Summarizing Categorical Data using Tables

Summarizing Categorical Data using Tables
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  • 0:06 Categorical Data
  • 0:55 Prepping Your Data
  • 1:51 Data Table
  • 2:39 Using Percentages
  • 4:30 Lesson Summary
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Lesson Transcript
Instructor: Yuanxin (Amy) Yang Alcocer

Amy has a master's degree in secondary education and has taught math at a public charter high school.

Watch this video lesson to find out why data tables are an excellent way to summarize your categorical data. Learn what you need to do to your data before constructing a table and the two ways you can show your data.

Categorical Data

Categorical data is data that can be categorized or grouped. You see examples of categorical data all the time whenever you fill out applications for anything. When it asks you for your gender and occupation, it is asking for categorical data.

Once you answer those questions, whoever reads the application can place you into a group based on your gender or occupation. You can be grouped into the student group, or the groups can incorporate both sets of data, and you can be grouped into the female student group if you're a girl or the male student group if you're a boy.

While the answers to a piece of categorical data may not be numerical in nature, once a survey is done, the various groups can be counted to see how many are in each group. It is this information that we will focus on.

Prepping Your Data

Let's see how we go about summarizing our categorical data with a little scenario. Imagine that we have just surveyed a random group of people about their favorite junk food. Each person we survey chooses his or her favorite junk food from a list of five choices. Our choices are: potato chips, pizza, hamburgers, hot dogs, and fries. After our survey is done, we have a stack of papers of everyone's choices.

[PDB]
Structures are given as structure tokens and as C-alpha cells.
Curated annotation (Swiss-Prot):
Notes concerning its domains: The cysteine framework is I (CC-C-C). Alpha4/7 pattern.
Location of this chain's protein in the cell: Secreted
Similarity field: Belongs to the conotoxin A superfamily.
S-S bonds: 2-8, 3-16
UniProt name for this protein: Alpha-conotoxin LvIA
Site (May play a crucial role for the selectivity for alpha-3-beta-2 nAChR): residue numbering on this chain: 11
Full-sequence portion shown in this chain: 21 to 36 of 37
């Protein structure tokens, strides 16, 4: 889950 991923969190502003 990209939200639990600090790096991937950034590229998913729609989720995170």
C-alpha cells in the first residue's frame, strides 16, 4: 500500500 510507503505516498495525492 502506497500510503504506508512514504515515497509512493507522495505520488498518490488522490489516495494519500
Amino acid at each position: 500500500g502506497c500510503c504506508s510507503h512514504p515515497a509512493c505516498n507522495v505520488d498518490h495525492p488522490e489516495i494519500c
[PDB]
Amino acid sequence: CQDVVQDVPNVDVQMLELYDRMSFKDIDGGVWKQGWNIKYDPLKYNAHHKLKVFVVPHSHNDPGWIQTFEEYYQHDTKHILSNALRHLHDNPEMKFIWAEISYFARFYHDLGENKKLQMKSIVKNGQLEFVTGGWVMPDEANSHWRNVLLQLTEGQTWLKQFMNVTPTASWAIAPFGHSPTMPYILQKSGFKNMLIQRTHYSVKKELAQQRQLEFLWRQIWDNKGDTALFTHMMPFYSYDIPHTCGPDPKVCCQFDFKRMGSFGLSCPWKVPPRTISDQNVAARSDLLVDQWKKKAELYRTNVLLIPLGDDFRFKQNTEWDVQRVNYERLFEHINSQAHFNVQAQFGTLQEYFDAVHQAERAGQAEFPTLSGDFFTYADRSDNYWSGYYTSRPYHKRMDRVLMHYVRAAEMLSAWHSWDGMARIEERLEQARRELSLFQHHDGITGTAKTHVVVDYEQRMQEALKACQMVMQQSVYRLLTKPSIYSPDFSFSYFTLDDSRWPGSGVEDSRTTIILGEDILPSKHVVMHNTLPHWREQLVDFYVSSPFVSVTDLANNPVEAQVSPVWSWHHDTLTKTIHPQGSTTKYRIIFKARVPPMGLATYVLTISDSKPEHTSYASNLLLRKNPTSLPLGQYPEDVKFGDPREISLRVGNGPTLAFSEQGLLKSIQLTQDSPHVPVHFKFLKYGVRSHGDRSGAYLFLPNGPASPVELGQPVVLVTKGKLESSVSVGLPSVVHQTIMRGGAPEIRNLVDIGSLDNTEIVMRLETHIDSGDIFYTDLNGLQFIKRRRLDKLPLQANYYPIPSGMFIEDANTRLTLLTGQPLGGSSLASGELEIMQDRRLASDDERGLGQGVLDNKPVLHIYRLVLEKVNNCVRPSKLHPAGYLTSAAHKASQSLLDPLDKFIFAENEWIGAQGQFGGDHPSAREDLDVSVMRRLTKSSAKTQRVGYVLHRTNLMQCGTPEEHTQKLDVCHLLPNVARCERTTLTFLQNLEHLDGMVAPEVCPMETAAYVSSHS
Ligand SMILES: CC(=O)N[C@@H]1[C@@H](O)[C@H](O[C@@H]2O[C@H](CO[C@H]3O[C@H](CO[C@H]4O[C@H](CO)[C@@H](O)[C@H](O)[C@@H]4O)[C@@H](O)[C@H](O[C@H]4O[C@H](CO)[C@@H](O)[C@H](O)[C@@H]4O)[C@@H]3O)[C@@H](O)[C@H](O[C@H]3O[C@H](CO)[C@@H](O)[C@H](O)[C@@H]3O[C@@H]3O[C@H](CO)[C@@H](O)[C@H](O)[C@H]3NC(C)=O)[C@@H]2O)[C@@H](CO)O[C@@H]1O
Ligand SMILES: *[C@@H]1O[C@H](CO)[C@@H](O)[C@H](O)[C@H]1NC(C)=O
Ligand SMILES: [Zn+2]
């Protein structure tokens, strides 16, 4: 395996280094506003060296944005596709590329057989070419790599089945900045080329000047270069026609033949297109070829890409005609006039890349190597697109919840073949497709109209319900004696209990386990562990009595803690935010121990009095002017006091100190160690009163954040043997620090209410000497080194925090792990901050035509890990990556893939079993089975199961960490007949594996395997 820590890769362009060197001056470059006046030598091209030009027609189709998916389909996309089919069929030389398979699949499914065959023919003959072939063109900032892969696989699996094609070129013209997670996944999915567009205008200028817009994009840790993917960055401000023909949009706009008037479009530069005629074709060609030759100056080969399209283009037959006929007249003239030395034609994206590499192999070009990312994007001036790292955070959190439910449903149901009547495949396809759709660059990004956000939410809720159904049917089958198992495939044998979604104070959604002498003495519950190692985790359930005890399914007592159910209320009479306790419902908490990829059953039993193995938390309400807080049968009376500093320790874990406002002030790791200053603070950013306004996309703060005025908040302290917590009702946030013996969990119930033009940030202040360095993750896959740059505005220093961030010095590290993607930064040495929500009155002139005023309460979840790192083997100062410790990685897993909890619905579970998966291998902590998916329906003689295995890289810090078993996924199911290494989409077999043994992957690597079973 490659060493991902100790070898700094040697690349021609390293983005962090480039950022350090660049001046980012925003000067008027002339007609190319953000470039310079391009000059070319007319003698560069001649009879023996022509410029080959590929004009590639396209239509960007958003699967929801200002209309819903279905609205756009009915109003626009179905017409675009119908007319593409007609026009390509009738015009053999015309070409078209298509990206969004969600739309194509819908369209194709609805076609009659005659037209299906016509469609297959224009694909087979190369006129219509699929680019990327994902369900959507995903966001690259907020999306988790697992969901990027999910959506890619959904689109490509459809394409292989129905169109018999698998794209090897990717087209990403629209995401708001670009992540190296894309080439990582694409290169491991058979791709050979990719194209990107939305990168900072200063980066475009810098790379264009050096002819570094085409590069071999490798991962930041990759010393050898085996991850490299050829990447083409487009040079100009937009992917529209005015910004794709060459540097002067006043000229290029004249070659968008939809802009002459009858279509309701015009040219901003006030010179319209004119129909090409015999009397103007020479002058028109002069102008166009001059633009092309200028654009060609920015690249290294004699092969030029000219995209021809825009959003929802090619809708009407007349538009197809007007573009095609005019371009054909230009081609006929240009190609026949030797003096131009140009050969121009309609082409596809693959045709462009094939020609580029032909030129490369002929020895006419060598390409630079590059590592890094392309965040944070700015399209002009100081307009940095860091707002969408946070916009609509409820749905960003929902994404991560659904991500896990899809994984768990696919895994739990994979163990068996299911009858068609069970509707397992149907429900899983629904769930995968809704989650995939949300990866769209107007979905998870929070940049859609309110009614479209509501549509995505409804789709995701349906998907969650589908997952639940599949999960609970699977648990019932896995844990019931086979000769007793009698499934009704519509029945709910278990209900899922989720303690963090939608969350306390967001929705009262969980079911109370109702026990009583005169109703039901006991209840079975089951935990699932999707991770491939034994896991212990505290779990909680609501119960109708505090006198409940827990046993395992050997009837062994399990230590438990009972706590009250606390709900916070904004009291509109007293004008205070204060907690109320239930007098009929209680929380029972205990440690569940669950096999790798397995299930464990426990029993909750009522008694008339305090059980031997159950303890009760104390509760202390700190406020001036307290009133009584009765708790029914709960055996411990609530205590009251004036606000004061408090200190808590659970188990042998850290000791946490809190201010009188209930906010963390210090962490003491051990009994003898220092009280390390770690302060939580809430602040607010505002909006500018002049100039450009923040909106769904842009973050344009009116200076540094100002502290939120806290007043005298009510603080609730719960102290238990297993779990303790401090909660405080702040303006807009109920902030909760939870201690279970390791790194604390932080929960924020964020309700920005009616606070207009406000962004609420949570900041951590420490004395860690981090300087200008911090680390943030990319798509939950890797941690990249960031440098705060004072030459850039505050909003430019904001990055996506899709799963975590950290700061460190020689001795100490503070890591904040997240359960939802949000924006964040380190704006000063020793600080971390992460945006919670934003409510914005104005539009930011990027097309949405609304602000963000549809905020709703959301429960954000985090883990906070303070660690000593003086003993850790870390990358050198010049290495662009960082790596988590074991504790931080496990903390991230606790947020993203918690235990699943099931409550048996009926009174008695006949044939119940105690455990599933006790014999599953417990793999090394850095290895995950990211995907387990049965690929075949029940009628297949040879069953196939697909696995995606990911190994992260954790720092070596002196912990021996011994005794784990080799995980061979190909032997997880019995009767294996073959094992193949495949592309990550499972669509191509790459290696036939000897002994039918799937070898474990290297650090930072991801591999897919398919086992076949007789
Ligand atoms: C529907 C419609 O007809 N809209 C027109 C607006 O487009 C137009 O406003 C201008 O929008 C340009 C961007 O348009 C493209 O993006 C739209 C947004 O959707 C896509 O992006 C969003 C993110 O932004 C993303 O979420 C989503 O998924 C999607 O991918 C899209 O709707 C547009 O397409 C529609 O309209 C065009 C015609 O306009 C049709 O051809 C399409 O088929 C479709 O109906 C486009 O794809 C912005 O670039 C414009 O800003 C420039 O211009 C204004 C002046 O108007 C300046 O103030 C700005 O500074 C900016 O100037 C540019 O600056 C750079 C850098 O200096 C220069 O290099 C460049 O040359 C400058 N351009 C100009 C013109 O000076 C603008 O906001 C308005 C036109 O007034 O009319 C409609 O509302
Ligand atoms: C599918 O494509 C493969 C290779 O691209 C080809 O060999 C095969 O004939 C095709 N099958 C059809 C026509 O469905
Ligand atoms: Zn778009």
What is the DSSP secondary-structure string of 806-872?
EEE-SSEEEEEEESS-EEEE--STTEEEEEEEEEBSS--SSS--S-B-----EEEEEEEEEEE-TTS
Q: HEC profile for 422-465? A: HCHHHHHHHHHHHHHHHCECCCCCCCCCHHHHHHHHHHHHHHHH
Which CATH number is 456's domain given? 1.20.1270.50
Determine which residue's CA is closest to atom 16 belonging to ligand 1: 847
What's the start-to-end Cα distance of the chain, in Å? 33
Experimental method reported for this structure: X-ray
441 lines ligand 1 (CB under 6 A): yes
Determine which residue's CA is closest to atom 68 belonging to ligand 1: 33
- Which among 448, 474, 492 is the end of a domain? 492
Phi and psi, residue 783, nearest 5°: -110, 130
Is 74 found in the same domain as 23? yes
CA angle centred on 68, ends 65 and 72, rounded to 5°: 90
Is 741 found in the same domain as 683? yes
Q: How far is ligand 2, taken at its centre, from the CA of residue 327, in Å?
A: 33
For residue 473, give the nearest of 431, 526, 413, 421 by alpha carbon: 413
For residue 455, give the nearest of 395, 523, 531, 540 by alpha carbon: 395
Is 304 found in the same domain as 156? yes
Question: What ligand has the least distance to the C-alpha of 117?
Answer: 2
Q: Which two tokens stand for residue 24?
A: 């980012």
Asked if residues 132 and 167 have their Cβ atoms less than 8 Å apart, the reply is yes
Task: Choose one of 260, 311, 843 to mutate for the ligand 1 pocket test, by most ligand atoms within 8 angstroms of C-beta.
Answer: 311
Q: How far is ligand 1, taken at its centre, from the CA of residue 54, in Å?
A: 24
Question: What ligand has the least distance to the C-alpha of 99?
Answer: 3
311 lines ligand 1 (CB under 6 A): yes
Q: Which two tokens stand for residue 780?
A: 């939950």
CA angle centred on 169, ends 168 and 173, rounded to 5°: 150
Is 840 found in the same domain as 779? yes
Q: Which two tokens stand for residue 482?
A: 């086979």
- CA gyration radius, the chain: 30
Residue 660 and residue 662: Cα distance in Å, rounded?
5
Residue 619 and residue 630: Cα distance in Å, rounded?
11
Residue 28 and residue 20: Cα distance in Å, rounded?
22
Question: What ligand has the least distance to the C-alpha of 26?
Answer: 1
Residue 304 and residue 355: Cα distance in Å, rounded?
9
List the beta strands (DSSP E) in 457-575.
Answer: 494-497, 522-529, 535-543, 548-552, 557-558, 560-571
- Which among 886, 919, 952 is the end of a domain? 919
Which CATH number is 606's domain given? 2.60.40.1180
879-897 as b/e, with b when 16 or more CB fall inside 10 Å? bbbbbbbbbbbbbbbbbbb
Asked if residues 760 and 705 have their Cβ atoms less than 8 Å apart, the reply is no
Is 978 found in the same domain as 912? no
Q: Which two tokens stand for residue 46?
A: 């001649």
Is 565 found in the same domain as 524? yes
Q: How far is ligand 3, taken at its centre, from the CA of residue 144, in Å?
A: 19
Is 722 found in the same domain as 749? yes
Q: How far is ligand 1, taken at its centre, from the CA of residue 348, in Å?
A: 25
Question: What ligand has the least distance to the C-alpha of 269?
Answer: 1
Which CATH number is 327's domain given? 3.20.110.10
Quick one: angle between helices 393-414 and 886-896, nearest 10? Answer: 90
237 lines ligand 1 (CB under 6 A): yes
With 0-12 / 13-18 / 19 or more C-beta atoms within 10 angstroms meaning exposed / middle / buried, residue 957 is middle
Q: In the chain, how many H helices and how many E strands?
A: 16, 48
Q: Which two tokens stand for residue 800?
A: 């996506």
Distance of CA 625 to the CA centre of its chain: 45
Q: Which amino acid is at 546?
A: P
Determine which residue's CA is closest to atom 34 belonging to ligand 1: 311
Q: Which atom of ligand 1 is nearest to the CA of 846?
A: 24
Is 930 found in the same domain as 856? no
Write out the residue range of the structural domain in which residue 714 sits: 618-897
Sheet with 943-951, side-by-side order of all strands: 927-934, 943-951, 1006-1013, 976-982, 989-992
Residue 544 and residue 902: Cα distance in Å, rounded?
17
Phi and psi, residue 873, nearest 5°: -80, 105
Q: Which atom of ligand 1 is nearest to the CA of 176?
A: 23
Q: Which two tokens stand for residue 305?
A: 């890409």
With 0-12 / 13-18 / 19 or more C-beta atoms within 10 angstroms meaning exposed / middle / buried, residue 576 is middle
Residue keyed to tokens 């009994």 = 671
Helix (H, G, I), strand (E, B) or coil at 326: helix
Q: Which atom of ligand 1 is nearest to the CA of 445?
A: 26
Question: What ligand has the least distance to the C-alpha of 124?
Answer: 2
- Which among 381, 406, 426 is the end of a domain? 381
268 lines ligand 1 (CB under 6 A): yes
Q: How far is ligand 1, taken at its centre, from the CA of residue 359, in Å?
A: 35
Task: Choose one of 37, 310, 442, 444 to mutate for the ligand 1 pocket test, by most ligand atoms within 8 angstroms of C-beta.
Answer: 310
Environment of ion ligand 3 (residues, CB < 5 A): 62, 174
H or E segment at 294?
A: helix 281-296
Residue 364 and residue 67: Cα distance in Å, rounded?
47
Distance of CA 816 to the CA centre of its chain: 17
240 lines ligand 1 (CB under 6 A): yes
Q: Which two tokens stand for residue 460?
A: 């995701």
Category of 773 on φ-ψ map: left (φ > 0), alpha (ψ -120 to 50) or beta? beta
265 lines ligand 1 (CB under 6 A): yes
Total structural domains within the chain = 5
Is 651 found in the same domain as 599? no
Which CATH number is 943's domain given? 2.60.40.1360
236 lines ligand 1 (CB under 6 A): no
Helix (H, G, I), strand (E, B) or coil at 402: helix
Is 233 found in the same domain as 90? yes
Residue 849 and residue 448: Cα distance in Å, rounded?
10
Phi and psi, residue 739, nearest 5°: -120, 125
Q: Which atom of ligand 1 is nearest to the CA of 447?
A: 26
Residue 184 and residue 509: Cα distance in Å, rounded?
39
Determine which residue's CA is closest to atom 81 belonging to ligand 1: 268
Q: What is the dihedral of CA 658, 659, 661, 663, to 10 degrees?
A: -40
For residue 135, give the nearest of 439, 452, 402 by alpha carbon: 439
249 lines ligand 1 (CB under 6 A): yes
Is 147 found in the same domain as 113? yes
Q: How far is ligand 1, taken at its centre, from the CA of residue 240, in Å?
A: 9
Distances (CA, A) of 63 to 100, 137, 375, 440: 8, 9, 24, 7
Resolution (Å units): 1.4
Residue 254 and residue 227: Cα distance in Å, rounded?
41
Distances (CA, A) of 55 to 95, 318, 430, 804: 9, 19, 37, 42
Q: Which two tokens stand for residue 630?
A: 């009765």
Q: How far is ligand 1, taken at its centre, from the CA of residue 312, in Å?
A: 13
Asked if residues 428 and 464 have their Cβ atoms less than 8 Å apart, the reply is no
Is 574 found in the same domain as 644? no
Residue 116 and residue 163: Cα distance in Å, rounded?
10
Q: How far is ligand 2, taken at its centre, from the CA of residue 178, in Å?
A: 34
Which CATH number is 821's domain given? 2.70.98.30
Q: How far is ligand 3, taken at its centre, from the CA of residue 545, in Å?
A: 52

To prep our data so we can summarize it, we now need to count how many are in each group. We go through our stack of responses, and we separate them into various groups based on their answers. We then count the number of papers in each group. We found that 15 people chose potato chips, 23 people chose pizza, 18 people chose hamburgers, 8 people chose hot dogs, and 10 people chose fries.

Data Table

We can take our group counts and input them directly into a table. Our table will have two columns: one for the type of junk food and the other for the result. Our top row will be our title row with 'Junk Food' and 'Result' as our titles for each respective column.

Junk Food Result
Potato chips 15
Pizza 23
Hamburgers 18
Hot dogs 8
Fries 10

We can reorder our data table so that the most popular is listed first and the least popular is listed last.

Junk Food Result
Pizza 23
Hamburgers 18
Potato chips 15
Fries 10
Hot dogs 8

This is one way we can use a data table to summarize our information. We can clearly see which junk food is the most popular out of our survey group and which is the least favorite. This does give us good information, but if we wanted to generalize our information to the general public, we would need to report our results in percentage form.

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